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276

Laurel Kendall

OLogy Series
ologist
card
276

Laurel Kendall

OLogy Series
ologist

In college, Laurel Kendall had so many interests she couldn't decide on a major. Then she took a class in anthropology and realized that she had found a way to study all aspects of human beings. A year studying in Hong Kong inspired her to focus on East Asia. Her specialty is now Korea, where she spent three years as a Peace Corps volunteer. At the Museum, Laurel has curated over a dozen exhibitions about cultures around the world.

Laurel has curated many exhibits, including Mythic Creatures: Dragons, Unicorns, and Mermaids. What is a mythic creature? For Laurel, the best metaphor is the shadow. Some shadows represent things that are really there, just distorted by size or shape--like the 10-foot tall shadow of your body on a sidewalk. The mythical kraken was like this. People glimpsed the tentacles of the giant squid--a real, living animal. But they imagined the kraken--something larger and more fantastic and dangerous than the real thing. Sometimes a shadow can be misread, like a shadow of a tree that looks like a monster. In the same way, the ancient Greeks found elephant skulls and believed that the giant hole in the "forehead" (actually for the trunk) was the eye of the cyclops. Other shadows we make ourselves to represent something that isn't there at all or something that is invisible. It takes shape through the work of our imagination. The Barong is a mythic creature in Bali that has never been seen. Yet in village festivals, people bring the Barong alive with masks and costumes, and a ritual dance that restores calm and order.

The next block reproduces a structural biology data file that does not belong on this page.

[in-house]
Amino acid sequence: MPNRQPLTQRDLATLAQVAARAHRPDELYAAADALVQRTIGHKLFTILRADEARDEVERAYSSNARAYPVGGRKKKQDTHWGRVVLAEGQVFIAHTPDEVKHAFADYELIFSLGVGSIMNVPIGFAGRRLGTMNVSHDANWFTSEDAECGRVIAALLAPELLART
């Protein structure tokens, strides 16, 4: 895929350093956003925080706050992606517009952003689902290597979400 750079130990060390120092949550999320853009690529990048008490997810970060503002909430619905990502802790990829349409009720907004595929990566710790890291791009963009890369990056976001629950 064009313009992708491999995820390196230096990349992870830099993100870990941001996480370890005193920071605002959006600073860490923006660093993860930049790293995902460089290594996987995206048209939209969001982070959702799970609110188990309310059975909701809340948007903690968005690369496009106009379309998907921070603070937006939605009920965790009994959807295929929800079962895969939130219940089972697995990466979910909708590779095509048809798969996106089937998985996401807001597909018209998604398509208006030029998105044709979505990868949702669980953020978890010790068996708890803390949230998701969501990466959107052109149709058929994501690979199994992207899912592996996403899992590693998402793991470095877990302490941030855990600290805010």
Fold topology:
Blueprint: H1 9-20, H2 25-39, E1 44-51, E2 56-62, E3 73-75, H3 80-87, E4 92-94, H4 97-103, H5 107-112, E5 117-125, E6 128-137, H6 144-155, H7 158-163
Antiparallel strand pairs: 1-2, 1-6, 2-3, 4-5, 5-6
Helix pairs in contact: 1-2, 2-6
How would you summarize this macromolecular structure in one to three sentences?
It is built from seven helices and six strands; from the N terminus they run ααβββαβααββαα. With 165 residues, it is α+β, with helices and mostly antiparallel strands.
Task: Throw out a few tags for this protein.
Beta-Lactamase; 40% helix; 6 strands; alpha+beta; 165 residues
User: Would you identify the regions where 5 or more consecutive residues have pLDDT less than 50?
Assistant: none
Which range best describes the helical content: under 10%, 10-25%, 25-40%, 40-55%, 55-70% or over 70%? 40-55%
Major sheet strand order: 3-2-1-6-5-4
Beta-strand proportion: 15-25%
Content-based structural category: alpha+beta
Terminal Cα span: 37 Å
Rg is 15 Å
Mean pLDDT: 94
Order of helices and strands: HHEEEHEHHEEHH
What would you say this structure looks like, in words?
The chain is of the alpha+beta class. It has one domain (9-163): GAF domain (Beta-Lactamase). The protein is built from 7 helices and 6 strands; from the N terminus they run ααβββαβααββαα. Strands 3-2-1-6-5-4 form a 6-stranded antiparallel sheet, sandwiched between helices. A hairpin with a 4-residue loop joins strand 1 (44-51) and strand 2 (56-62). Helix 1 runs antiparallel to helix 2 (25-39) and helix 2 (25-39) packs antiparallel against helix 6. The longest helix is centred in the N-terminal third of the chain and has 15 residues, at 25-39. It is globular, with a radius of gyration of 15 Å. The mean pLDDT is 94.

For a Vietnam exhibit, Laurel included a set of votive paper--paper goods made and burned for ancestors. Some were in the shapes of:

bicycles

television sets

both

Are you right?

Correct!

These goods are an important reflection of the culture. The Vietnamese take care of their ancestors by burning votives in the form of goods that are needed by the dead in the afterlife. They believe that, in turn, their ancestors are protecting them.

In some of Laurel's first fieldwork in Korea, she studied the role of shamans. A shaman is:

a candle lit for ancestors during special ceremonies

someone who mediates between the natural and spiritual worlds

a large communal gathering to celebrate changes in the seasons

Are you right?

Correct!

Although some Koreans consider shamans as "old fashioned," they play an important role in modern society. Laurel found that many people went to shamans to relieve stress and worries about financial matters.

Anthropology is the study of humankind around the world and throughout time. An anthropologist studies:

language and behaviors of present-day cultures

material remains of ancient cultures

both of these

Are you right?

Correct!

Anthropology studies all aspects of humans, from how we evolved to ancient cultures to how we communicate, worship, and interact today. Laurel considers herself an "eclectic" anthropologist--her studies range from political to religious aspects of world cultures.

Laurel Kendall, anthropologist

I'd like people who visit the Mythic Creatures exhibition to appreciate what the human mind does: our capacity to imagine, to make stories, to perform our stories, and to create mythic creatures through art.

Korea is a mostly rural culture that had changed little since Laurel did her first fieldwork in the 1970s.

Fact
or
Fiction
?

Fiction

Even then, over half the people lived in cities. Returning to Korea many times since then, Laurel watched Korea become an urbanized industrial society that is constantly changing.

Hometown: San Francisco
Education: PhD, Columbia University
Job: Curator, Division of Anthropology
Current work: How people think about the material goods they use to represent and make offerings to gods and ancestors.
Favorite subject in school: Social Studies
Cool fact: To better understand Korea, Laurel also studied the history and languages of Japan and China.

Image credits: courtesy of AMNH; Laurel Kendall: courtesy of AMNH.